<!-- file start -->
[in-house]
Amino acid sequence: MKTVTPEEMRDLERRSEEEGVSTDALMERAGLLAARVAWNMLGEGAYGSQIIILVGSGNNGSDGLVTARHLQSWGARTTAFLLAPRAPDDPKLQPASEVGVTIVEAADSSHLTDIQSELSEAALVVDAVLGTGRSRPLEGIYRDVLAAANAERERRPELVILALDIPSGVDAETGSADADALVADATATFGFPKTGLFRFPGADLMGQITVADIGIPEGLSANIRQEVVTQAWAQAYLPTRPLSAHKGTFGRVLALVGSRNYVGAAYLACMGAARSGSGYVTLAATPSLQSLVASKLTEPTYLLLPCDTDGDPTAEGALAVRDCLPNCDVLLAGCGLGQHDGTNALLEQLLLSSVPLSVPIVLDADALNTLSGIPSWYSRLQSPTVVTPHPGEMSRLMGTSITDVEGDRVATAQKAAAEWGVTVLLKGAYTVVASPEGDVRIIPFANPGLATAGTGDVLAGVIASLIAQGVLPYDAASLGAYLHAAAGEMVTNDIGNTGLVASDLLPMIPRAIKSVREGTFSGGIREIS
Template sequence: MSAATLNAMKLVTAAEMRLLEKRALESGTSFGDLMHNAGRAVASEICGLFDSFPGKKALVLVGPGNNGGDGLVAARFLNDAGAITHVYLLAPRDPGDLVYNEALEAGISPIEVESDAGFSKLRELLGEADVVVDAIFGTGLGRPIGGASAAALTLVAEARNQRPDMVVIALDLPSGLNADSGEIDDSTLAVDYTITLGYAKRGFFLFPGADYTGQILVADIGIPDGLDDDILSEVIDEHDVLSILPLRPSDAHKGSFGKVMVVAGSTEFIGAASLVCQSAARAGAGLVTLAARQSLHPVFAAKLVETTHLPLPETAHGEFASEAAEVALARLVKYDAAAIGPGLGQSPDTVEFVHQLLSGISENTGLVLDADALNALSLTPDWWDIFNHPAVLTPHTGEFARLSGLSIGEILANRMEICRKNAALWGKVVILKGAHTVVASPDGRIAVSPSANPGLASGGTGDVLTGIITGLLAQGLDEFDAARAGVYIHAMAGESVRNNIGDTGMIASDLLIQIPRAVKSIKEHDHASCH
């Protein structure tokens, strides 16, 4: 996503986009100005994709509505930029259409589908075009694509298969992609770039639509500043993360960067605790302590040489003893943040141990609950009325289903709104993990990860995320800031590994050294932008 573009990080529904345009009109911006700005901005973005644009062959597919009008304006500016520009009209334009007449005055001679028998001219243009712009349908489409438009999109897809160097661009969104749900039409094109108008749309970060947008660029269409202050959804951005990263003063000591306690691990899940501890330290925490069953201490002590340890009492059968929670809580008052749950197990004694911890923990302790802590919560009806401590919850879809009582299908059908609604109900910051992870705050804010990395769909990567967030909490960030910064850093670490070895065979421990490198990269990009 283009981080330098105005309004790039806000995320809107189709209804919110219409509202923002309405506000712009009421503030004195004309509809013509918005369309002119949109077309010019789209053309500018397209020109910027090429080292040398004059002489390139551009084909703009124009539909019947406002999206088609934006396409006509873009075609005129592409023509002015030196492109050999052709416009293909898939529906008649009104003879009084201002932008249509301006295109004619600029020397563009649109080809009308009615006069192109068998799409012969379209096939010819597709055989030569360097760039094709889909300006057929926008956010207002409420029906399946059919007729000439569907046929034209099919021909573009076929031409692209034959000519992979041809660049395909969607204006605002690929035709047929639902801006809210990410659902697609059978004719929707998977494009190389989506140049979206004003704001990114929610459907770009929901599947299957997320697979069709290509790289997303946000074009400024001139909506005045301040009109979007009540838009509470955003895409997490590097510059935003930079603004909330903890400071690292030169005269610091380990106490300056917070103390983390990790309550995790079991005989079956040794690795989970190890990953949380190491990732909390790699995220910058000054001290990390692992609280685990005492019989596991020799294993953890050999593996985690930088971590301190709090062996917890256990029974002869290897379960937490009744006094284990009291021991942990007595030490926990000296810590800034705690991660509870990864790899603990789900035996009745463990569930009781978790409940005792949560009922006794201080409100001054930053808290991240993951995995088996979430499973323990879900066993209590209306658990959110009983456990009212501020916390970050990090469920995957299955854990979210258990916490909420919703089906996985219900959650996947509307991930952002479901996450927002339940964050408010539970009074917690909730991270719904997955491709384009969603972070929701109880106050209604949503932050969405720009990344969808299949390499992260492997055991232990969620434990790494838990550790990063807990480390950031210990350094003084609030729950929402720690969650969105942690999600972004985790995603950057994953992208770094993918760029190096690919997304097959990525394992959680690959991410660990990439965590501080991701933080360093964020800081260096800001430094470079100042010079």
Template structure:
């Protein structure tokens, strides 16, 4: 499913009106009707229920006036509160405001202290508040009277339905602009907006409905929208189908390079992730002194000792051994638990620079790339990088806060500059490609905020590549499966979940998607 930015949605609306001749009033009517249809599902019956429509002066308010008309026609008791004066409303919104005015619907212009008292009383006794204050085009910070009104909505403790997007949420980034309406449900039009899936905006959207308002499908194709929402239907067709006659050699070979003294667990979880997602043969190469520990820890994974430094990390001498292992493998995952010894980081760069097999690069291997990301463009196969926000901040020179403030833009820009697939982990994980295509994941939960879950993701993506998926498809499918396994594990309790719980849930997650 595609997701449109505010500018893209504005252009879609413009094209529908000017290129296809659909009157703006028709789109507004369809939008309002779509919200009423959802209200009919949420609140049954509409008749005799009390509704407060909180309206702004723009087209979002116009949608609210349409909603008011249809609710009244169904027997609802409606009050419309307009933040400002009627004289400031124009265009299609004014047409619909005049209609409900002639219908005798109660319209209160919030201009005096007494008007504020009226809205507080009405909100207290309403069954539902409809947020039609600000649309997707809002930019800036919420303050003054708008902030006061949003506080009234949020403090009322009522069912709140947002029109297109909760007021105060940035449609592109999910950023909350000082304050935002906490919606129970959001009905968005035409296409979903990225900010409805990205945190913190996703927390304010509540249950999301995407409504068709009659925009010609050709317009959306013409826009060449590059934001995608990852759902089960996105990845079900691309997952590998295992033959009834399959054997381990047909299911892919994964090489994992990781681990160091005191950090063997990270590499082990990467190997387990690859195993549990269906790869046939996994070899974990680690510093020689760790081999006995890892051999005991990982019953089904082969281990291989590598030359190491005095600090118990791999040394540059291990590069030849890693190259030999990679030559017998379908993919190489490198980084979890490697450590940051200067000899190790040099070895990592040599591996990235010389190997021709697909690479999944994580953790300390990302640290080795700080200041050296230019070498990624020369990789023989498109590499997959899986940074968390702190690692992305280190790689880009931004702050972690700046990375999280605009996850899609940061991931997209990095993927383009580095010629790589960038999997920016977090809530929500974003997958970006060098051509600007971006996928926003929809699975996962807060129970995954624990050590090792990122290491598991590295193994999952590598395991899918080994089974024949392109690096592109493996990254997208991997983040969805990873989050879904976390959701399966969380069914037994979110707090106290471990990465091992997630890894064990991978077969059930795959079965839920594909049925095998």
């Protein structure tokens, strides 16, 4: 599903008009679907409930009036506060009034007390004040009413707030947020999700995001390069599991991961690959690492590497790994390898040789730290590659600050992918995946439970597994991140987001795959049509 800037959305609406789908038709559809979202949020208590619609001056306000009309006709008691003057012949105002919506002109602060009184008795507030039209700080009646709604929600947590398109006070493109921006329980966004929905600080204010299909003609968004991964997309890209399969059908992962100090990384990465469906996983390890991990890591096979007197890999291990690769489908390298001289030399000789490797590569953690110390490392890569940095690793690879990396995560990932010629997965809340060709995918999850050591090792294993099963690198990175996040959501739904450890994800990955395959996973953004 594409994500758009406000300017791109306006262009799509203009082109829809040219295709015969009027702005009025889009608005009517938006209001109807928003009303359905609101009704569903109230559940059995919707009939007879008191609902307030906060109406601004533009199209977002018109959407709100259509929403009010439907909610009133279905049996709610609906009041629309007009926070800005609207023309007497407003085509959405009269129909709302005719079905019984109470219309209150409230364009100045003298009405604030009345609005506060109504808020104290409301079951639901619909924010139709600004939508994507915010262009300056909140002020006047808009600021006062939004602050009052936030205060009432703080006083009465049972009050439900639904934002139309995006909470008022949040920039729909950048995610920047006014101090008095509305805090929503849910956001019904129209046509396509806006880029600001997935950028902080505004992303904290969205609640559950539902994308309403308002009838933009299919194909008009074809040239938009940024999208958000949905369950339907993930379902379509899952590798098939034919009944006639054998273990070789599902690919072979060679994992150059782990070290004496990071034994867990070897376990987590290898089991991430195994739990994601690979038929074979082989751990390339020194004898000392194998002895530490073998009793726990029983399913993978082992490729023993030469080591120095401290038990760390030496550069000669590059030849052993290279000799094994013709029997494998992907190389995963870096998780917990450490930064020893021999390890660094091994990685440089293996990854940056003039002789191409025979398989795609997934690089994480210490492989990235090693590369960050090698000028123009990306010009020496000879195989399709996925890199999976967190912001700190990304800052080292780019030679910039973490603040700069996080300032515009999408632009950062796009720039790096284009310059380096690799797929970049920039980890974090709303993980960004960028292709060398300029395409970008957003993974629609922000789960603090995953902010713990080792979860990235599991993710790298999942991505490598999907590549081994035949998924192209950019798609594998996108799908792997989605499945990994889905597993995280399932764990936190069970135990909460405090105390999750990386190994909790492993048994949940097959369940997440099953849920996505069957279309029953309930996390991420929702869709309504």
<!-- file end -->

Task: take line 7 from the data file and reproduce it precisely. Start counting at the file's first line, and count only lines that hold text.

């Protein structure tokens, strides 16, 4: 599903008009679907409930009036506060009034007390004040009413707030947020999700995001390069599991991961690959690492590497790994390898040789730290590659600050992918995946439970597994991140987001795959049509 800037959305609406789908038709559809979202949020208590619609001056306000009309006709008691003057012949105002919506002109602060009184008795507030039209700080009646709604929600947590398109006070493109921006329980966004929905600080204010299909003609968004991964997309890209399969059908992962100090990384990465469906996983390890991990890591096979007197890999291990690769489908390298001289030399000789490797590569953690110390490392890569940095690793690879990396995560990932010629997965809340060709995918999850050591090792294993099963690198990175996040959501739904450890994800990955395959996973953004 594409994500758009406000300017791109306006262009799509203009082109829809040219295709015969009027702005009025889009608005009517938006209001109807928003009303359905609101009704569903109230559940059995919707009939007879008191609902307030906060109406601004533009199209977002018109959407709100259509929403009010439907909610009133279905049996709610609906009041629309007009926070800005609207023309007497407003085509959405009269129909709302005719079905019984109470219309209150409230364009100045003298009405604030009345609005506060109504808020104290409301079951639901619909924010139709600004939508994507915010262009300056909140002020006047808009600021006062939004602050009052936030205060009432703080006083009465049972009050439900639904934002139309995006909470008022949040920039729909950048995610920047006014101090008095509305805090929503849910956001019904129209046509396509806006880029600001997935950028902080505004992303904290969205609640559950539902994308309403308002009838933009299919194909008009074809040239938009940024999208958000949905369950339907993930379902379509899952590798098939034919009944006639054998273990070789599902690919072979060679994992150059782990070290004496990071034994867990070897376990987590290898089991991430195994739990994601690979038929074979082989751990390339020194004898000392194998002895530490073998009793726990029983399913993978082992490729023993030469080591120095401290038990760390030496550069000669590059030849052993290279000799094994013709029997494998992907190389995963870096998780917990450490930064020893021999390890660094091994990685440089293996990854940056003039002789191409025979398989795609997934690089994480210490492989990235090693590369960050090698000028123009990306010009020496000879195989399709996925890199999976967190912001700190990304800052080292780019030679910039973490603040700069996080300032515009999408632009950062796009720039790096284009310059380096690799797929970049920039980890974090709303993980960004960028292709060398300029395409970008957003993974629609922000789960603090995953902010713990080792979860990235599991993710790298999942991505490598999907590549081994035949998924192209950019798609594998996108799908792997989605499945990994889905597993995280399932764990936190069970135990909460405090105390999750990386190994909790492993048994949940097959369940997440099953849920996505069957279309029953309930996390991420929702869709309504």